In a meeting yesterday with Transport Scotland, CalMac and CMAL management, it was confirmed that a second-hand vessel has been bought from Norwegian ferry operator Norled, and would be brought into service on the Craignure-Oban service. This is the result of a search by CMAL for suitable second-hand vessels to purchase for the CalMac fleet (the same search that we attempted to contribute to by proposing the Indonesian catamaran).
The MV Utne was built in 2015 in Turkey, at about the same time as the MV Loch Seaforth that is currently CalMac’s newest vessel. The Utne is being sold in order to make way for zero-emission battery-electric vessels that are being introduced across Norway.
The Utne was being offered for sale for 6.6 million Euros (£5.6 million), and Transport Scotland estimate the final cost after modification will be around £9 million. Modifications are therefore £3.4 million or thereabouts. She will need new vehicle ramps in order to fit our linkspans, and possibly new winches too, as well as other minor changes, including CalMac livery of course. Although the ferry will be in CMAL hands by the end of October, she will not be ready for service until next summer.
The details of timetable and so on have still to be finalised, but the plan is for the Utne to be stationed in Craignure all-year round. At just 50 metres long, she will easily be able to berth at Craignure Pier.
Winter timetable improvements
With a car capacity of just 34 and 195 passenger spaces, she is too small to be Mull’s only winter vessel. So the MV Isle of Mull will continue to operate alongside her, with the Utne’s contribution being felt most at the beginning and end of the day. For the first time, we will have the ‘Island Focussed’ winter service we have long campaigned for.
There is a quid-pro-quo here: with two vessels on the route in winter, we are more likely to see the MV Isle of Mull used for emergency cover elsewhere.
Earlier departures from Craignure will enable us to be in Oban before 9am on every week day, so that we can catch the first train to Glasgow; or get to school; or be in an office before 9. Later returns each day will make travel connections easier; give a full working day on the mainland; or simply give you longer to complete a journey and return the same day. Our winter timetable will see real and significant improvement at long last.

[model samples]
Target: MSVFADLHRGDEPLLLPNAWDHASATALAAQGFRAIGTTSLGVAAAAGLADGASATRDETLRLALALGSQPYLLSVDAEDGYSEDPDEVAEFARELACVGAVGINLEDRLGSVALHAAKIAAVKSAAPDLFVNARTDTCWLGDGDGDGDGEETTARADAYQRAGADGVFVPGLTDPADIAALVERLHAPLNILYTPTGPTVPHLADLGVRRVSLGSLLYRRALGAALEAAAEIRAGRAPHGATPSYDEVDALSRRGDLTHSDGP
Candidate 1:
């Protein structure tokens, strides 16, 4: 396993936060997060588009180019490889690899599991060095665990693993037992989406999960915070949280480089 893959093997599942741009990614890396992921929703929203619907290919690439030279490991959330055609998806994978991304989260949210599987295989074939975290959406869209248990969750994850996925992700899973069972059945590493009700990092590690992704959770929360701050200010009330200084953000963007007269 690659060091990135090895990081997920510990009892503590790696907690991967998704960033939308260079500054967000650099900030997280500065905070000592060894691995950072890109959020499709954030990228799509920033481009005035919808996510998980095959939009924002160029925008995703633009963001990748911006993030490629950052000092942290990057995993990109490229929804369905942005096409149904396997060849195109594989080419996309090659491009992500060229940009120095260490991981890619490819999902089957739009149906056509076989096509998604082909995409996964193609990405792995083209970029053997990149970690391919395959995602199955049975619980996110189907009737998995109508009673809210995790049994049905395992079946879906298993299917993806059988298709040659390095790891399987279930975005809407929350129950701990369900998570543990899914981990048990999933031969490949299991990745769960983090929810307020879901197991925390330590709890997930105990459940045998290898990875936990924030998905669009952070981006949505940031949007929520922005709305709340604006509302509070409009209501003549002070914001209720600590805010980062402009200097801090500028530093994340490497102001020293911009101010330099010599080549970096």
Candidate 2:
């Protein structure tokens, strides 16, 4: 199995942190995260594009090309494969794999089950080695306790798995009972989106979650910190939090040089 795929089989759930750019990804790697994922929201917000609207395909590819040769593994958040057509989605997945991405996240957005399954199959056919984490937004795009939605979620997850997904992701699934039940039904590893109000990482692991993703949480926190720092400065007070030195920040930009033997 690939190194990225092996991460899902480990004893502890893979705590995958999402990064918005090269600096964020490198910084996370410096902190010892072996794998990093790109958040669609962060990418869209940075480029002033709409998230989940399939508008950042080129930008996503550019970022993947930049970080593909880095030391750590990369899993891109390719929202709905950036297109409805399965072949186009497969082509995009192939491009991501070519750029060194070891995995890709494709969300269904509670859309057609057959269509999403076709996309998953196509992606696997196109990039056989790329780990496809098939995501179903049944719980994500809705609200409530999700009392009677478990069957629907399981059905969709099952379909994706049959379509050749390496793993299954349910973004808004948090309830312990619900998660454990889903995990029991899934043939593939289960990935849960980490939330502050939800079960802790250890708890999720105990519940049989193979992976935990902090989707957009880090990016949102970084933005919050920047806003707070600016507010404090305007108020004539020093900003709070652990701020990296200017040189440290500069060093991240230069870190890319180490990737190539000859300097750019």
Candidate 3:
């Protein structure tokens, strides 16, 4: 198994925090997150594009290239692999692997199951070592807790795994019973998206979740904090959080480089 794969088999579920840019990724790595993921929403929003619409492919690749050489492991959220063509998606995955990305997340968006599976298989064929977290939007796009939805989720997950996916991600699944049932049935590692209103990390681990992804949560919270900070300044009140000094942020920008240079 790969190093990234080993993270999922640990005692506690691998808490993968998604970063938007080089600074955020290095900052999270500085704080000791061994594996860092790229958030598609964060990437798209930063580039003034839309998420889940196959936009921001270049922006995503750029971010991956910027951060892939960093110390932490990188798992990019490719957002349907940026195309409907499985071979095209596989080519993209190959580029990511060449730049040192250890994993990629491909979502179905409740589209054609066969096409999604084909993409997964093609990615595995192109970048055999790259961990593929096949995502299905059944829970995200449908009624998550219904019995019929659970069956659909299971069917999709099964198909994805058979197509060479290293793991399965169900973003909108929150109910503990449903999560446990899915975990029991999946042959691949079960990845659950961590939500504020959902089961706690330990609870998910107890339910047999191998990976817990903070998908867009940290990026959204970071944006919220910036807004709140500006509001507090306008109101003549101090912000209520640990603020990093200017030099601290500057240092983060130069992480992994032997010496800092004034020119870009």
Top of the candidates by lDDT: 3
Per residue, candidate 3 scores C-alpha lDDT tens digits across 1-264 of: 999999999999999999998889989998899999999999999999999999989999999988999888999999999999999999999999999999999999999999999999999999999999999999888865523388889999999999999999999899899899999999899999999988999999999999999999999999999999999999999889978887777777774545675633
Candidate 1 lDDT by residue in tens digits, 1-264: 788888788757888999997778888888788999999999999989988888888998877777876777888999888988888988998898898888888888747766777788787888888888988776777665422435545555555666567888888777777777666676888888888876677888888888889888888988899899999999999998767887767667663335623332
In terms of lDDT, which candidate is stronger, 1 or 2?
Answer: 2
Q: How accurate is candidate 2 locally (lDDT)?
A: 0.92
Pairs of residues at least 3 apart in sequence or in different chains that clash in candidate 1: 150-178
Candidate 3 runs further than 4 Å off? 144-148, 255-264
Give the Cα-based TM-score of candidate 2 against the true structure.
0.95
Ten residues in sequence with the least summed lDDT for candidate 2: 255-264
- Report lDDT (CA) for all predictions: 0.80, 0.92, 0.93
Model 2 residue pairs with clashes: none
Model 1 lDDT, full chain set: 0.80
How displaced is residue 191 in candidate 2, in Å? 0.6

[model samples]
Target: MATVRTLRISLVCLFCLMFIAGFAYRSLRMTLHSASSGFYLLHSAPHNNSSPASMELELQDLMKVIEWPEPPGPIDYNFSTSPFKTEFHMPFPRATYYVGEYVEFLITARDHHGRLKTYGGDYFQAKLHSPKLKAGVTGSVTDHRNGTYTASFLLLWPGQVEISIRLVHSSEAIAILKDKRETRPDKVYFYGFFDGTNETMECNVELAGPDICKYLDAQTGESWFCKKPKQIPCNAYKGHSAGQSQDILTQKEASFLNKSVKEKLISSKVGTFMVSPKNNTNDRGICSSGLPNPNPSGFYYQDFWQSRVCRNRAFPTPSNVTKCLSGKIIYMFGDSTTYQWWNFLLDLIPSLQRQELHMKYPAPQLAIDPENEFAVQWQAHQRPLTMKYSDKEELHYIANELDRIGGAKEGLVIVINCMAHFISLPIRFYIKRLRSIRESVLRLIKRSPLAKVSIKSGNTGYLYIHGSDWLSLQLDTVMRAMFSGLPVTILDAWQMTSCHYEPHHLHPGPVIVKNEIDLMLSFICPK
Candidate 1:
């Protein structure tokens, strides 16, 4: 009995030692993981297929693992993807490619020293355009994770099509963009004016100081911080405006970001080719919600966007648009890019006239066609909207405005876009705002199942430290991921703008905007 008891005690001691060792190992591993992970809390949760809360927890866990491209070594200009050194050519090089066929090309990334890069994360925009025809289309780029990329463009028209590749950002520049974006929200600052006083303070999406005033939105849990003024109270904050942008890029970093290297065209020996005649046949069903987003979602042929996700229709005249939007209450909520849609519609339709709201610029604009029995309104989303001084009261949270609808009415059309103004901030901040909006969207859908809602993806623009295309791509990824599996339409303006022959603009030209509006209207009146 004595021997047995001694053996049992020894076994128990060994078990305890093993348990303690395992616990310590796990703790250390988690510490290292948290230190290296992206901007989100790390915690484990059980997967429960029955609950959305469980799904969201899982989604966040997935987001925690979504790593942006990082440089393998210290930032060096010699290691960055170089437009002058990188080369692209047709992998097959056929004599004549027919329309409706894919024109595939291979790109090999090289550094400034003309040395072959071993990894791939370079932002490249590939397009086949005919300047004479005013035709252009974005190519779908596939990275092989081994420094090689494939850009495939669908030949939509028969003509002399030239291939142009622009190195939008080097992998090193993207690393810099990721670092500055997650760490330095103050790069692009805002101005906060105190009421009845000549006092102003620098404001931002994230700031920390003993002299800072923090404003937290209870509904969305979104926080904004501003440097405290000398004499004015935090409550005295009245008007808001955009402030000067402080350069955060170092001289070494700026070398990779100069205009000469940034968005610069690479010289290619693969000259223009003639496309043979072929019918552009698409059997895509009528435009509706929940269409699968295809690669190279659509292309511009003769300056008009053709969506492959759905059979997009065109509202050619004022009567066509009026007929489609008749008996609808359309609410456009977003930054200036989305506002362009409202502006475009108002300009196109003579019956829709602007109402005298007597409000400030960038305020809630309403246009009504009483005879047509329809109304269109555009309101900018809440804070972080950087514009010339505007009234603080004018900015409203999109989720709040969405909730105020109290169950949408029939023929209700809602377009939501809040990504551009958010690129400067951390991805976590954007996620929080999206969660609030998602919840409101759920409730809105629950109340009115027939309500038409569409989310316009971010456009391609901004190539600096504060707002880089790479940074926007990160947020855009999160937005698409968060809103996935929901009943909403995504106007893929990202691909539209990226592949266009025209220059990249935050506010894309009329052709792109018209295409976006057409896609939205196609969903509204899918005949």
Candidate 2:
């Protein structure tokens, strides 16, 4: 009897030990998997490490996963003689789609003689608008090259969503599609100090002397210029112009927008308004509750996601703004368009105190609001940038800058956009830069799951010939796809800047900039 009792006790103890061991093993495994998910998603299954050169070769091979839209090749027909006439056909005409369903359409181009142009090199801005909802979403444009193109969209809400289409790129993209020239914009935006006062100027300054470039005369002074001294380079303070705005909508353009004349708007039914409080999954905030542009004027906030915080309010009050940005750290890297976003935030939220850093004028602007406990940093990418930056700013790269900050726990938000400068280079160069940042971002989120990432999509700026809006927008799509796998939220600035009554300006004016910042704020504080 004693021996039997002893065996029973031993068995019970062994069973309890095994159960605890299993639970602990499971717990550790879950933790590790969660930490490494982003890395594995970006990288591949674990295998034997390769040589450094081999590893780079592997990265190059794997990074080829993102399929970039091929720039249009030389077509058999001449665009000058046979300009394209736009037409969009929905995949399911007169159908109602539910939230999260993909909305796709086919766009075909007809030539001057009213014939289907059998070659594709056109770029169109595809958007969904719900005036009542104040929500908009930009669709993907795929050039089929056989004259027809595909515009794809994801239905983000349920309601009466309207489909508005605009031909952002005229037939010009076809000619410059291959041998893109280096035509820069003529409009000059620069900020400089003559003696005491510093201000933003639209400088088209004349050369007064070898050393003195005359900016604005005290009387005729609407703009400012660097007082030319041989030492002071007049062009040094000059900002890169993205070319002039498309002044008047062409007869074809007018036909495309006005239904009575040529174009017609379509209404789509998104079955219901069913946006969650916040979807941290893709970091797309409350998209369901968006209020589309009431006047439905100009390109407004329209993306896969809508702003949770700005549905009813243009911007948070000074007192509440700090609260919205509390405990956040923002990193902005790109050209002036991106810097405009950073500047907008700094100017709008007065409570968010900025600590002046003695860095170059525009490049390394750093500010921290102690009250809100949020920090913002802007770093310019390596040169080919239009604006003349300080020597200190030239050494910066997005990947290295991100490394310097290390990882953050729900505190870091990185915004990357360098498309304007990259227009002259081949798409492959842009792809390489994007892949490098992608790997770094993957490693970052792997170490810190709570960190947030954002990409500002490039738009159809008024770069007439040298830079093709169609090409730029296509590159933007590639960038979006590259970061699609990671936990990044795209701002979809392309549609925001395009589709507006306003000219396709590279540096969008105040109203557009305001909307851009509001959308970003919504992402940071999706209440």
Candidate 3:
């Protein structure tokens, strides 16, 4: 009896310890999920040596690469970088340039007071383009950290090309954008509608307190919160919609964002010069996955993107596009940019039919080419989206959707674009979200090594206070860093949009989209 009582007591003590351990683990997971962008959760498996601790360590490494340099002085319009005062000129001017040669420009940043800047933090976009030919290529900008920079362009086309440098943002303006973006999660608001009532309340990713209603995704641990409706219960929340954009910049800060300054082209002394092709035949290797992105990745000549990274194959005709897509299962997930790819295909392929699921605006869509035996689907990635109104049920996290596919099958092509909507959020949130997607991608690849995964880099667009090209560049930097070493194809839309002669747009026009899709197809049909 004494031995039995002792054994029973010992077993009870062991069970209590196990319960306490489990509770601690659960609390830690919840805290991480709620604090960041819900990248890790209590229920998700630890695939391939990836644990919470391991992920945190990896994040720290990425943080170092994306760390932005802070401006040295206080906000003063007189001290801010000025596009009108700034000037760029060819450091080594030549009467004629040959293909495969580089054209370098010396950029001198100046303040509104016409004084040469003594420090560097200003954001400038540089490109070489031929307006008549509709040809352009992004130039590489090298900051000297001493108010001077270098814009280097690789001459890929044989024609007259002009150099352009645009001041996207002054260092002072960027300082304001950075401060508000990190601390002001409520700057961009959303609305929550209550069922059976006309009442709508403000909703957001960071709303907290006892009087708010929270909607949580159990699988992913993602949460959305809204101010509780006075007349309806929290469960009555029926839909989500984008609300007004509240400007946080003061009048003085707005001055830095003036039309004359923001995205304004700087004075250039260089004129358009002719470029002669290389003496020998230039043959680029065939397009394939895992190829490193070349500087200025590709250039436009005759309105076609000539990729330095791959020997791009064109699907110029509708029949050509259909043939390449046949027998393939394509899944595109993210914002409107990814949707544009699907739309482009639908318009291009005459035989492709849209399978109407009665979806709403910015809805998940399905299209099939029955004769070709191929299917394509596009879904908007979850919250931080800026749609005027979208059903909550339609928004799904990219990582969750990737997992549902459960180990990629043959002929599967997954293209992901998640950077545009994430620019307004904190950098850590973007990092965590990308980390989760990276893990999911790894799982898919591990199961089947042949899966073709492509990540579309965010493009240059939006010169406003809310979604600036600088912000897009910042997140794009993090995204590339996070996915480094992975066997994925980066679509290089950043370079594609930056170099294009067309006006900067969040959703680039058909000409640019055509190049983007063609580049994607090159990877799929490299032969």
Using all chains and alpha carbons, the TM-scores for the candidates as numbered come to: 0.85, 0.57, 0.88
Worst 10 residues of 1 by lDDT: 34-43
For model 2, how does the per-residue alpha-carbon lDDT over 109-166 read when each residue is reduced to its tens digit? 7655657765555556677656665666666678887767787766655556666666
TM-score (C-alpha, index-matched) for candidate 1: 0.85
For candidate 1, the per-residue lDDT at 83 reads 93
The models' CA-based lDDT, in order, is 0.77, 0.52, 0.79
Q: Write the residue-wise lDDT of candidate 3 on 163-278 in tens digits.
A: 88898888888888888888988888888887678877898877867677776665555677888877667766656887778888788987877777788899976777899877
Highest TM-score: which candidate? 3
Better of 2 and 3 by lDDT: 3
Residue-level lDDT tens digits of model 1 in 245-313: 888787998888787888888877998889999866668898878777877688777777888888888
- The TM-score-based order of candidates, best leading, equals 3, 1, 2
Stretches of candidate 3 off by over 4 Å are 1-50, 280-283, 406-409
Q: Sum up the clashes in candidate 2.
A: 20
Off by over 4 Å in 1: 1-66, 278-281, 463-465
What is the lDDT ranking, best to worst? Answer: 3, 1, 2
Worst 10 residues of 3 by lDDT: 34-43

In the summer months, the Utne will take over the role of the Coruisk, enabling her to return to the Mallaig-Armadale service (and in turn freeing up the Lord of the Isles and the Loch Fyne). The Utne has almost the same vehicle capacity as the Coruisk (around 34, compared to around 35 for the Coruisk), and fewer passenger spaces (195 compared to 250 – but there may be scope to increase that a little). She is also slightly slower than the Coruisk, so crossings will take an additional five minutes or so. Also like the Coruisk, the passenger access system in Craignure will not fit, so foot passengers will have to embark and disembark via the car deck.
If she operates a similar timetable to the Coruisk, the Utne will not therefore make any improvement to our summer congestion problem. She has one key advantage however, that may overcome that. Not only does she have a small crew (expected to be 7, compared to the Coruisk’s 12), but that crew will live ashore, rather than in cabins on the ferry. This opens up the opportunity for longer working hours, by operating two crews on shifts. The route the Utne is leaving in Norway operates for around 18 hours per day, because two crews work a shift each (as is common on many short-distance ferries the world over). A similar working pattern on Mull could enable the Utne to make around 9 returns per day in summer instead of the Coruisk’s five, by adding sailings earlier and later in the day. Despite being the same size as the Coruisk therefore, she could increase capacity on the route with a different working regime.